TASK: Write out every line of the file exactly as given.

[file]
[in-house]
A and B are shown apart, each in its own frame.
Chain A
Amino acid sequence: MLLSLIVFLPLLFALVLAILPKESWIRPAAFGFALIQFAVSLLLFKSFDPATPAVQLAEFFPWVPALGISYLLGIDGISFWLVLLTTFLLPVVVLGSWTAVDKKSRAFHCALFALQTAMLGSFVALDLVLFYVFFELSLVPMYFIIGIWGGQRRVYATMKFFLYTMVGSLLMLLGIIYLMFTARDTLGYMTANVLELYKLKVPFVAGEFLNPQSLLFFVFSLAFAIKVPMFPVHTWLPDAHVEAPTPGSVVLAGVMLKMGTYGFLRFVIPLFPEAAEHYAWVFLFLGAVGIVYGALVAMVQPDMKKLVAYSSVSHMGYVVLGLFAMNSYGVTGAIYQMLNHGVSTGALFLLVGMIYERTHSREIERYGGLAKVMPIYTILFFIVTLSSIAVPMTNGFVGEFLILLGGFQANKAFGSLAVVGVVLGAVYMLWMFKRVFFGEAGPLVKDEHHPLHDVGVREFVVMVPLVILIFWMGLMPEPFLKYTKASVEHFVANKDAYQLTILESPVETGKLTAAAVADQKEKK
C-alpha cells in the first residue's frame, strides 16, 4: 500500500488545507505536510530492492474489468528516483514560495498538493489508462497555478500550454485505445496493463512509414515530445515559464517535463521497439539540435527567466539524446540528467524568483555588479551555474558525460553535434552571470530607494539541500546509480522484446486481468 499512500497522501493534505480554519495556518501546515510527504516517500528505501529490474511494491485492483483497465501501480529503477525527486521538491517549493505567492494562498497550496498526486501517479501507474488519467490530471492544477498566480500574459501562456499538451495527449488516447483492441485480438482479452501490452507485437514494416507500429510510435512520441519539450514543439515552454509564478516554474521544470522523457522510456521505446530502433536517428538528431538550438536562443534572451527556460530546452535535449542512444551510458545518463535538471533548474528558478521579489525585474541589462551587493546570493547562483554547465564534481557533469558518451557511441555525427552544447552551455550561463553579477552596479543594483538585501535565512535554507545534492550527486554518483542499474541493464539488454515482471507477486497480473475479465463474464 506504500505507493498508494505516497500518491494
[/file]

[in-house]
A and B are shown apart, each in its own frame.
Chain A
Amino acid sequence: MLLSLIVFLPLLFALVLAILPKESWIRPAAFGFALIQFAVSLLLFKSFDPATPAVQLAEFFPWVPALGISYLLGIDGISFWLVLLTTFLLPVVVLGSWTAVDKKSRAFHCALFALQTAMLGSFVALDLVLFYVFFELSLVPMYFIIGIWGGQRRVYATMKFFLYTMVGSLLMLLGIIYLMFTARDTLGYMTANVLELYKLKVPFVAGEFLNPQSLLFFVFSLAFAIKVPMFPVHTWLPDAHVEAPTPGSVVLAGVMLKMGTYGFLRFVIPLFPEAAEHYAWVFLFLGAVGIVYGALVAMVQPDMKKLVAYSSVSHMGYVVLGLFAMNSYGVTGAIYQMLNHGVSTGALFLLVGMIYERTHSREIERYGGLAKVMPIYTILFFIVTLSSIAVPMTNGFVGEFLILLGGFQANKAFGSLAVVGVVLGAVYMLWMFKRVFFGEAGPLVKDEHHPLHDVGVREFVVMVPLVILIFWMGLMPEPFLKYTKASVEHFVANKDAYQLTILESPVETGKLTAAAVADQKEKK
C-alpha cells in the first residue's frame, strides 16, 4: 500500500488545507505536510530492492474489468528516483514560495498538493489508462497555478500550454485505445496493463512509414515530445515559464517535463521497439539540435527567466539524446540528467524568483555588479551555474558525460553535434552571470530607494539541500546509480522484446486481468 499512500497522501493534505480554519495556518501546515510527504516517500528505501529490474511494491485492483483497465501501480529503477525527486521538491517549493505567492494562498497550496498526486501517479501507474488519467490530471492544477498566480500574459501562456499538451495527449488516447483492441485480438482479452501490452507485437514494416507500429510510435512520441519539450514543439515552454509564478516554474521544470522523457522510456521505446530502433536517428538528431538550438536562443534572451527556460530546452535535449542512444551510458545518463535538471533548474528558478521579489525585474541589462551587493546570493547562483554547465564534481557533469558518451557511441555525427552544447552551455550561463553579477552596479543594483538585501535565512535554507545534492550527486554518483542499474541493464539488454515482471507477486497480473475479465463474464 506504500505507493498508494505516497500518491494